Although I greatly appreciate Waterhouse’s paintings of mythological and literary characters that I recognize and enjoy, I cannot imagine choosing any of them to be my favorites paintings. They lack the significance that I look for in anything that I choose to be my “favorite.” Although it is not as skillfully done, perhaps, as many of his other works, I chose The Annunciation as my favorite of Waterhouse’s paintings. It has incredible significance. I love the purplish-blue combination and the way the colors compliment each other so well. I also love the humble way in which he portrays Mary here. Unlike most of his female subjects, she looks completely pure.

So, anyway, those are a few of my favorites when it comes to art. What about you?


Seize The Day!
-StrongJoy


2 comments:

ourspareoom said...

Hi Strong Joy!
Lovely post on art... sure beats mine, I must say :). As I mentioned over on God in the Bush, we have very similar art tastes. I love the Pre-Raphaelites, although unfortunately I am little aquainted with Arthur Hughes. His painting is lovely. Some of my other favorite artists (besides what I put up on my blog and those mentioned here) include Mary Cassat, who did many lovely mother-child paintings, Trina Schart Hyman (perhaps not considered a proper painter, but her illustrations are my favorites), N.C. Wyeth, a few Degas and some Monet, and more I can't remember ;).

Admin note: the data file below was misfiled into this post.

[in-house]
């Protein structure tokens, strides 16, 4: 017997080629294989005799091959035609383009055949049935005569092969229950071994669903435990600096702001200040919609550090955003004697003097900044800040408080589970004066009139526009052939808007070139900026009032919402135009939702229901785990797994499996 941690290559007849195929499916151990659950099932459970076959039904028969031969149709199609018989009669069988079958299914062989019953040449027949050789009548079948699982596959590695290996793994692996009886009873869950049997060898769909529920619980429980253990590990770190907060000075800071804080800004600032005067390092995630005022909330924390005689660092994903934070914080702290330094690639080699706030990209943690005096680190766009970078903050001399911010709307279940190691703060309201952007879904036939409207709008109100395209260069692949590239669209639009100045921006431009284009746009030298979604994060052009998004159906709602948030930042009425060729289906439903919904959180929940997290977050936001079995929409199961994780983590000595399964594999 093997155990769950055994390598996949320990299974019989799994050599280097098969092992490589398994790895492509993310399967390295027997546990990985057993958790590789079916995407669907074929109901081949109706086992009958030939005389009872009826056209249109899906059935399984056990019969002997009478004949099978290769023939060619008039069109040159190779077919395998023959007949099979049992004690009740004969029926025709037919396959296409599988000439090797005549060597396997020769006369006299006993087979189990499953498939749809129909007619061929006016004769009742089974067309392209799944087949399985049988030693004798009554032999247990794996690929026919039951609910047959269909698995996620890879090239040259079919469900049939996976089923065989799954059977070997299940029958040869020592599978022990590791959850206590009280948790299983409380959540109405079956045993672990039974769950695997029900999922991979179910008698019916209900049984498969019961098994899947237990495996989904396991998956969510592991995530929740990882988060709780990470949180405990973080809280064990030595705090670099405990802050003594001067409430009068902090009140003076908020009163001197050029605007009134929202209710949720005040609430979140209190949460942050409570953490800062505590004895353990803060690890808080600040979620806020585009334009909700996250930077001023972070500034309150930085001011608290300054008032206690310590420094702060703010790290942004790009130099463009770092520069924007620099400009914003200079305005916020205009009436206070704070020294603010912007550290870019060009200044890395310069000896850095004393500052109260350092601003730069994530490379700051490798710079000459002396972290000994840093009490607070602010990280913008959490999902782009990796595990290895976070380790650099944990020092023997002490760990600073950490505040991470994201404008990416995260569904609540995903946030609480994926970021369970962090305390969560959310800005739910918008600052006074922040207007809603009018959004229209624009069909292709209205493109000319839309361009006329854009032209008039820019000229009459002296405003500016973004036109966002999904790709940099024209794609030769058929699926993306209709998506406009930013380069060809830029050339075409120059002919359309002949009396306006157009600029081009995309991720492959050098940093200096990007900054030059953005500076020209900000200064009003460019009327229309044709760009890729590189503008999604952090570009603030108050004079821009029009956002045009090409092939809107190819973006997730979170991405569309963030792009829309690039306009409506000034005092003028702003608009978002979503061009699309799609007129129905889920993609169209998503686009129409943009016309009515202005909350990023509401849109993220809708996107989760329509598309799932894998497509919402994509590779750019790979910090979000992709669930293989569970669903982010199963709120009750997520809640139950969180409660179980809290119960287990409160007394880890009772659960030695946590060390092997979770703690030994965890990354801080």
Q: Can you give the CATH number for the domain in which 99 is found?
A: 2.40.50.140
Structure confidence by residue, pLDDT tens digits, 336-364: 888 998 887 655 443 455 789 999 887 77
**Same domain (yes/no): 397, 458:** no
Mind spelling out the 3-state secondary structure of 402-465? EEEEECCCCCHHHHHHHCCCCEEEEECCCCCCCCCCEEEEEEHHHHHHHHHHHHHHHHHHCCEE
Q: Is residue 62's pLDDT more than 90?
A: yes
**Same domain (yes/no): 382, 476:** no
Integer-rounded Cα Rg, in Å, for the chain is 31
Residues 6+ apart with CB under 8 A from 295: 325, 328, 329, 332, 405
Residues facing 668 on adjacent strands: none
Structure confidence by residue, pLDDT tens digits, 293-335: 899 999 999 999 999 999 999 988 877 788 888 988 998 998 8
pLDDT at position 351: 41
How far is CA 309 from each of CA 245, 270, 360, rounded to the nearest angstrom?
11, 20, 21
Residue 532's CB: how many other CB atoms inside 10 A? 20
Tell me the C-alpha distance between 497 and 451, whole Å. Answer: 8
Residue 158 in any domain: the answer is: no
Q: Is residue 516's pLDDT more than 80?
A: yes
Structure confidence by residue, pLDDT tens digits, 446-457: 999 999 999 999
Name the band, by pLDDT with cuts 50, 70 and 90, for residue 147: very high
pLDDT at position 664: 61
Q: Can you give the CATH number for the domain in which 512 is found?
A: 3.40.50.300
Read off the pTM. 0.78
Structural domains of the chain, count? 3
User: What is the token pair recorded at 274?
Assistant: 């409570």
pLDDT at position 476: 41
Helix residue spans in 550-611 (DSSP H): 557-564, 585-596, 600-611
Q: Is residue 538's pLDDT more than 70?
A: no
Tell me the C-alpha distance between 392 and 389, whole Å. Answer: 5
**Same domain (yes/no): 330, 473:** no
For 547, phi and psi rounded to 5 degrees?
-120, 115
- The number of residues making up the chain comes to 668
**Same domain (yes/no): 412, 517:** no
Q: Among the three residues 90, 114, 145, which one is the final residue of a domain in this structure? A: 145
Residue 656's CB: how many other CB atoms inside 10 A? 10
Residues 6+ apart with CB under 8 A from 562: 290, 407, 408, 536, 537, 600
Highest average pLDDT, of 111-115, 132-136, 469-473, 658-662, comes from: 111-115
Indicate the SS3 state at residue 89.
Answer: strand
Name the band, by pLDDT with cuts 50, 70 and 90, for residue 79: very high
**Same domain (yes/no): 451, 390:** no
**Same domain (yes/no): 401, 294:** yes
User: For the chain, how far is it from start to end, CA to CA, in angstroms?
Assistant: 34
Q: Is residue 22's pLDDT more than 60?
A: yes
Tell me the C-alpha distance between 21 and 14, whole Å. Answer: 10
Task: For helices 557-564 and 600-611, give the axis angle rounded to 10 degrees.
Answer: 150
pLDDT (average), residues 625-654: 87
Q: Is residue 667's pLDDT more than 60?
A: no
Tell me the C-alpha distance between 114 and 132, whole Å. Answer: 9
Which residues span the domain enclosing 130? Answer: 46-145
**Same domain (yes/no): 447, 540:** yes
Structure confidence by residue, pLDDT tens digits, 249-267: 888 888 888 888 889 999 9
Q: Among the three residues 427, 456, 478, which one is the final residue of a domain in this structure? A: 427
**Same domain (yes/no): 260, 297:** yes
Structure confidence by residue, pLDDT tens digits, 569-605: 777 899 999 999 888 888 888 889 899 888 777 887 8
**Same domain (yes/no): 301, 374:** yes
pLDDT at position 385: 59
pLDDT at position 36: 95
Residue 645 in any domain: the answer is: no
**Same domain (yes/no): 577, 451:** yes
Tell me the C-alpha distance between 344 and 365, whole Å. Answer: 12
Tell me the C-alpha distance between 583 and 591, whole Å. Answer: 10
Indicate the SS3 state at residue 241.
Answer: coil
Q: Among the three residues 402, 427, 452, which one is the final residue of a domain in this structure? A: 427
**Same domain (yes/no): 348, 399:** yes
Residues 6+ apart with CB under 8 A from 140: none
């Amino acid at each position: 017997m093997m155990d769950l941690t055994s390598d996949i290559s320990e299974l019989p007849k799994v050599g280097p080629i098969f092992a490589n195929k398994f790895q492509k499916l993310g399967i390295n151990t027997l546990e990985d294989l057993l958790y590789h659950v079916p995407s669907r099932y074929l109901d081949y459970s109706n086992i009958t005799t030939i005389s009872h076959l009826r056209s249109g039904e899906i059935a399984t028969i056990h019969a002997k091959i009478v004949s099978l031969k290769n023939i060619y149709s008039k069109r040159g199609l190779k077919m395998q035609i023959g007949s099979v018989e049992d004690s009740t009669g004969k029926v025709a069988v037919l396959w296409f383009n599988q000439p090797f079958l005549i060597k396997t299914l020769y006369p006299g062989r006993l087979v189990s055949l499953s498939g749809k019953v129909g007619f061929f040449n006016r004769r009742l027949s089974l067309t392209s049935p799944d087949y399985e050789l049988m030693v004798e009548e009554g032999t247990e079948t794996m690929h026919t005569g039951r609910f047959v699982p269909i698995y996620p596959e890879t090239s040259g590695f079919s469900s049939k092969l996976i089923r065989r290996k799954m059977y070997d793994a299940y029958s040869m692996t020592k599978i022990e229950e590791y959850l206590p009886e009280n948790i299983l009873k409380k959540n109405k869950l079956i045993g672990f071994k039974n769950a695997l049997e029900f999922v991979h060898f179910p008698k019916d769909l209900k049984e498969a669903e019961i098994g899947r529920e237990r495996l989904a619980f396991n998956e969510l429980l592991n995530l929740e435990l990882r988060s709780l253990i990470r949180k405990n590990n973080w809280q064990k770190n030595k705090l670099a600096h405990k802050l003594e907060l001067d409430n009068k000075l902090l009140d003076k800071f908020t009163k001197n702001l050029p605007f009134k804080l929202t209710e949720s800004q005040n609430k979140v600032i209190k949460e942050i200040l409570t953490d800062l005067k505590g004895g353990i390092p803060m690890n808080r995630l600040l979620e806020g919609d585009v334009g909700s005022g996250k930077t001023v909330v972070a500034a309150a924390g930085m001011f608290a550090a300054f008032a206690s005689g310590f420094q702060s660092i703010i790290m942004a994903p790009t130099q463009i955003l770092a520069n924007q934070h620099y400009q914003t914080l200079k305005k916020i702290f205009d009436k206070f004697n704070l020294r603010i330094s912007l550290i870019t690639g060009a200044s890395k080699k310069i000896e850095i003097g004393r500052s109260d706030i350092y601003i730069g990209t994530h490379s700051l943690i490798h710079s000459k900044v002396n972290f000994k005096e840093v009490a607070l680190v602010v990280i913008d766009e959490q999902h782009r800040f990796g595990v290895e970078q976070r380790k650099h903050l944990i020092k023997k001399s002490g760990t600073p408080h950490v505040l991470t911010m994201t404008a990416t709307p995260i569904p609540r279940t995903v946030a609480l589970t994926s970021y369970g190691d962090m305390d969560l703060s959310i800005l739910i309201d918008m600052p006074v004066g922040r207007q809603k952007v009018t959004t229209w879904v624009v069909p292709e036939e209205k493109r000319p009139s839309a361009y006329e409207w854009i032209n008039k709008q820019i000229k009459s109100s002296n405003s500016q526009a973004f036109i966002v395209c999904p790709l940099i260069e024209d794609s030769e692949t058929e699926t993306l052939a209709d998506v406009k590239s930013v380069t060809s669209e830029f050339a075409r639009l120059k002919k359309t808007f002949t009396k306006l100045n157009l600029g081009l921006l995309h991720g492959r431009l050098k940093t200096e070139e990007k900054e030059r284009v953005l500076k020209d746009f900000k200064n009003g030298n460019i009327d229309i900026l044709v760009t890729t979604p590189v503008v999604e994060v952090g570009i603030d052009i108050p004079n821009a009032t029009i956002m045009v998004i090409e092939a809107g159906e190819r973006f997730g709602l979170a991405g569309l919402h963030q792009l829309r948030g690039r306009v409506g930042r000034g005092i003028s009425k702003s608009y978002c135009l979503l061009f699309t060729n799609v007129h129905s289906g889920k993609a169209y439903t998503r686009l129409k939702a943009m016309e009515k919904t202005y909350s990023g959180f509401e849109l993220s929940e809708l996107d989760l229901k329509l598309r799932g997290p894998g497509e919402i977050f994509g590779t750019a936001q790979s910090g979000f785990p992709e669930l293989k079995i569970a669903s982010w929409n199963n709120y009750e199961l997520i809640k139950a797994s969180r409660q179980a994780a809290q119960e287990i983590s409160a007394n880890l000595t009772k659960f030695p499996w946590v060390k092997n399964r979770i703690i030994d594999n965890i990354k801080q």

I also read you on Deborah Drapper's blog. I left a note about how glad I was to see some "familiar" faces there, doing much the same thing as me and Lizbelle and others. I guess you heard about her on The Rebelution? That's where I did.

Well, anyway...
See you later, dear!
Love,
Meg

P.S. Oh, I didn't enter into your Cultural Literacy Contest because I read the list from the first commenter and couldn't do any more than that!

StrongJoy said...

Thanks for the encouraging words! I've been very absent in the blog world and haven't been visiting anyone's blogs for awhile so I hadn't seen your art post. (bad me) I think it's beautiful. I especially love the Soul Of The Rose. Isn't Waterhouse just incredible?